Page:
Increase profits while efficiently helping your customers
by David J. Marquard II

Most of us entered the home 
respiratory industry because we wanted to serve patients. However, you also have to make a reasonable profit for your employer or for yourself. Frankly, you are not going to be in business very long otherwise. To ensure both efficient service to the patients who need your product as well as profitability for your business, follow these six suggestions.

1. Non-delivery business models. Reduce or eliminate routine oxygen deliveries by providing patients with lightweight, wearable portable oxygen concentrators (POC). The combination of POC and a stationary oxygen concentrator (SOC) can eliminate one or more routine oxygen deliveries per month, at an average cost of $50 each. Imagine what an extra $50 or $100 per patient would do for your bottom line.

2. Reduce your oxygen delivery area. If you do continue with deliveries, reduce the distance your technicians have to drive by installing a combination of a POC and SOC with patients more than a certain distance from your location. This is an excellent area to beta-test or have a trial run of the concept. The investment won’t break the bank, and often you can lease the entire package and recover your investment in a short period.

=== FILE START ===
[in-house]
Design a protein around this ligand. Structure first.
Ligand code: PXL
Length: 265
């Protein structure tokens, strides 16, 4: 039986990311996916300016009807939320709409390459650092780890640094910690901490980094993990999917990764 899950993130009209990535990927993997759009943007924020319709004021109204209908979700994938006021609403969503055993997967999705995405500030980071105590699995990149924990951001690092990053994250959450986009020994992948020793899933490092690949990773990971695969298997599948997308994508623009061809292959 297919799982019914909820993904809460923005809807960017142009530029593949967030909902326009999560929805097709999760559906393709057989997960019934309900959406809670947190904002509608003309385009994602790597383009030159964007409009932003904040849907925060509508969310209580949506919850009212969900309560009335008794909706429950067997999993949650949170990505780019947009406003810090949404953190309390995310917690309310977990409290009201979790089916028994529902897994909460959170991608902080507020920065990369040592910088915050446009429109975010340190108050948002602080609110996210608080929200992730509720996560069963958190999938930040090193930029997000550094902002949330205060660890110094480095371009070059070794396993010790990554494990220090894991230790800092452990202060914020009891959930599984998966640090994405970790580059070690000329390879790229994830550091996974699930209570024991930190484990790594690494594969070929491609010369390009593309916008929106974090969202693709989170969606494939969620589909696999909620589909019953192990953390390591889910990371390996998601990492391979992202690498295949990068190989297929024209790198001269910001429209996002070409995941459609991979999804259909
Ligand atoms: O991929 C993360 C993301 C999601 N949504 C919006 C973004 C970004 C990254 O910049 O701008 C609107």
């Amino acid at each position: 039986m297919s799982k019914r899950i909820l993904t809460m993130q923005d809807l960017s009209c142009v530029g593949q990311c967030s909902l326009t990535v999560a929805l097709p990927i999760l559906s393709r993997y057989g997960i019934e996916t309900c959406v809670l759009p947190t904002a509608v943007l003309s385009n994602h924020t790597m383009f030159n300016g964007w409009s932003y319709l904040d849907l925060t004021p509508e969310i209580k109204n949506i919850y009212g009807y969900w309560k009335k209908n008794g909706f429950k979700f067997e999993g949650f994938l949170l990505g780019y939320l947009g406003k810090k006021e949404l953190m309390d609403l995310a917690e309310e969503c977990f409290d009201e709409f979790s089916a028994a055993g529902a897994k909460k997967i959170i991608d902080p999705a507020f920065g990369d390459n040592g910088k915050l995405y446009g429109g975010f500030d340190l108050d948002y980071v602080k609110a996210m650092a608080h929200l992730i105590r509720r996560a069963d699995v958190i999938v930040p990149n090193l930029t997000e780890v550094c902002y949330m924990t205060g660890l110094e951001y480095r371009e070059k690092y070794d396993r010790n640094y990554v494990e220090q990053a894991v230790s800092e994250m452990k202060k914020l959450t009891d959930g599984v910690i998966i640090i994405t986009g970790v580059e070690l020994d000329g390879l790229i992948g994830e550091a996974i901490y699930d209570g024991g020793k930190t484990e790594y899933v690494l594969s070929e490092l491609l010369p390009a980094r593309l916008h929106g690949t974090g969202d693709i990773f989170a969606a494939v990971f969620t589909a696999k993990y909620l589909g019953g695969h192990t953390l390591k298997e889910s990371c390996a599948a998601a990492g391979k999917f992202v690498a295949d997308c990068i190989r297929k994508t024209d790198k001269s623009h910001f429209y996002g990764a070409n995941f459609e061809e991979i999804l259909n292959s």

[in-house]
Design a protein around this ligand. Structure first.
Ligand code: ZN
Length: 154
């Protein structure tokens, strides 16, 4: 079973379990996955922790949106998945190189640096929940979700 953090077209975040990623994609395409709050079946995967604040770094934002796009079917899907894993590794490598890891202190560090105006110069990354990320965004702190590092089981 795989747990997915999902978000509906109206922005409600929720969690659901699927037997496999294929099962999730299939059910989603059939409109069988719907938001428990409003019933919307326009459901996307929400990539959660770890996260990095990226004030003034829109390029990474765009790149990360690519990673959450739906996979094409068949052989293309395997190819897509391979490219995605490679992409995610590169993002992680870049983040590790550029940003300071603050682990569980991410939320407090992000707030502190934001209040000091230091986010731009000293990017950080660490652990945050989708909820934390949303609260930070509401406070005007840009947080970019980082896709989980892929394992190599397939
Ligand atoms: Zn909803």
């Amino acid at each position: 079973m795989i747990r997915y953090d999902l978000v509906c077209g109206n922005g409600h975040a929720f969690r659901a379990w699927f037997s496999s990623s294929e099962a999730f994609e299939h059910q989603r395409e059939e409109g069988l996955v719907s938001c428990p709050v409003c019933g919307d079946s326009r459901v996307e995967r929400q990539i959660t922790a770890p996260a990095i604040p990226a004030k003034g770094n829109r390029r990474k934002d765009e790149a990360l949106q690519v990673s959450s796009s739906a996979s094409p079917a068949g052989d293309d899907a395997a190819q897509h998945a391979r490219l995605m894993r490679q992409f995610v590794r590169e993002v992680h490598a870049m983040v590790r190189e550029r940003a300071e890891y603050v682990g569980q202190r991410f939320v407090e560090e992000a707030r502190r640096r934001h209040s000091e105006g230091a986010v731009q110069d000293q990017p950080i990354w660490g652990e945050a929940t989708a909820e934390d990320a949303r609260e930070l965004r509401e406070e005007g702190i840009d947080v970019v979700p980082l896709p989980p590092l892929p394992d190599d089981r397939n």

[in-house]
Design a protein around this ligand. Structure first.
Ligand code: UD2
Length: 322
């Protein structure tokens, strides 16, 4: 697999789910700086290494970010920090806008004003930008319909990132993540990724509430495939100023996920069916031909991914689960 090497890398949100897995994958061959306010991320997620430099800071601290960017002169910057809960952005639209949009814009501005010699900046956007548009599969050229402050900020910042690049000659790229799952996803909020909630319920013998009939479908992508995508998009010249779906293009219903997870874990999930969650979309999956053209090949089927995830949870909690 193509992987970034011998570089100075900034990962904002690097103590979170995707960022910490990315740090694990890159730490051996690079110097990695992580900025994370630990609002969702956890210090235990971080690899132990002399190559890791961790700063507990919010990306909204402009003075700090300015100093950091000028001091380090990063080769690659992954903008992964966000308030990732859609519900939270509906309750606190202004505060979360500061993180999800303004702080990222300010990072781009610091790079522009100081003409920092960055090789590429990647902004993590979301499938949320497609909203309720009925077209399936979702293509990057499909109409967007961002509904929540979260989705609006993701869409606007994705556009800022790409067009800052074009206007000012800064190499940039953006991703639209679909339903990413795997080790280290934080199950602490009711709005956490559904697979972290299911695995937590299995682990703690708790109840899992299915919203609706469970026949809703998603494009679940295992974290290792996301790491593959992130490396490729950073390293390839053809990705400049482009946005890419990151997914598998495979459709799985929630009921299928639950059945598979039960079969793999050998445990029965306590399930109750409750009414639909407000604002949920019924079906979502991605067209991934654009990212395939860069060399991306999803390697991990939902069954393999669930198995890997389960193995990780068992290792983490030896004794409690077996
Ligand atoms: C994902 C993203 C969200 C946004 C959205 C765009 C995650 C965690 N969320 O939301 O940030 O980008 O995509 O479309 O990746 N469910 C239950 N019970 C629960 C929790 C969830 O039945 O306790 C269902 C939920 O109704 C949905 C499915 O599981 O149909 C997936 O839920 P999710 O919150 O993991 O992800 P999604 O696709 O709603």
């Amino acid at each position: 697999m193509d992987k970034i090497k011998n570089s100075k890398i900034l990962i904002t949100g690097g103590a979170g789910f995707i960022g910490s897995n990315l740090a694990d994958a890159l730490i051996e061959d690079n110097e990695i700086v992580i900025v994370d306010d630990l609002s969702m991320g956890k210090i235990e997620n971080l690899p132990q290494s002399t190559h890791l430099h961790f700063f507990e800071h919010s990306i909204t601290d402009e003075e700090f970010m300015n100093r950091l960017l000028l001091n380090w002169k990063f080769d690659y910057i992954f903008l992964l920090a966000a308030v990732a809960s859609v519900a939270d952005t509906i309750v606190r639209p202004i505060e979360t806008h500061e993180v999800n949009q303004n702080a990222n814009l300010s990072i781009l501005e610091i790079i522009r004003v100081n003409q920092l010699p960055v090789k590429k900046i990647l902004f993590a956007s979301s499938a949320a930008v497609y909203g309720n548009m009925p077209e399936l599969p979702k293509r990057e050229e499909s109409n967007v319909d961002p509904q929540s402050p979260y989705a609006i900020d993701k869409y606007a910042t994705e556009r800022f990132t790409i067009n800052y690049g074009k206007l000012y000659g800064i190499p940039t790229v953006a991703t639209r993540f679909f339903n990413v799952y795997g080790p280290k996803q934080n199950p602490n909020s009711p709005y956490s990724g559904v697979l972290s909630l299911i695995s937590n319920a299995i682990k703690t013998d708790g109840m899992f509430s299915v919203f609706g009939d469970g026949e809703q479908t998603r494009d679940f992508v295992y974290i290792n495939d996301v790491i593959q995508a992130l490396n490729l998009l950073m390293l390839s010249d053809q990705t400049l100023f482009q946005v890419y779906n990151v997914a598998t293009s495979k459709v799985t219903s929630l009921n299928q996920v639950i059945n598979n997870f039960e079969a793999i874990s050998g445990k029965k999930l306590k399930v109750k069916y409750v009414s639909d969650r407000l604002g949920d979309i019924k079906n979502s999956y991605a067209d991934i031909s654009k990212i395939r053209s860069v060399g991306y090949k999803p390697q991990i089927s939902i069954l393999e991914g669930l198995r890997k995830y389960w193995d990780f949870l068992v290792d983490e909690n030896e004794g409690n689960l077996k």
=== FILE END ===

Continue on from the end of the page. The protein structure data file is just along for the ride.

3. Expand your oxygen service area. Making fewer routine oxygen 
deliveries allows you to expand your customer service area. This can mean more oxygen patients, thus more revenue and profits. As you are no doubt aware, providers who are hundreds, even thousands, of miles away are now serving patients in your service area. Now, you can bid on other opportunities to serve oxygen patients.

4. Advertise retail products on your website. Products such as POCs and many other patient aids are sold by Internet retailers. Add these to your site, have patients email or fax you their prescriptions and take down their credit card numbers over the phone. Then ship or have your supplier drop-ship to the patient. Do the in-service on the telephone. You will increase your retail sales and, ultimately, your profits.

5. Rent POCs and other patient aids for temporary need. As more and more non-Medicare patients are traveling, the rental of oxygen products—
including POCs approved by the FAA for air travel (oxygen tanks or cylinders are prohibited on aircraft)—is rapidly growing. Just make sure the patient follows the specific airlines guidelines for battery duration (e.g. some airlines require the patient to have 50 percent more capacity hours than the flight’s duration). This is yet another opportunity to serve your patient better and make a reasonable profit.

6. Fill your own medical oxygen cylinders. If you are paying more than 60 cents per filled cylinder, including delivery and hazardous material charges, you should consider doing your own filling. Modern filling systems 
adhere to FDA and accreditation requirements and have made filling easier, less costly and more convenient than ever. As a plus, you can often lease the entire system, including installation and training, for less than what you are 
paying now to an outside supplier.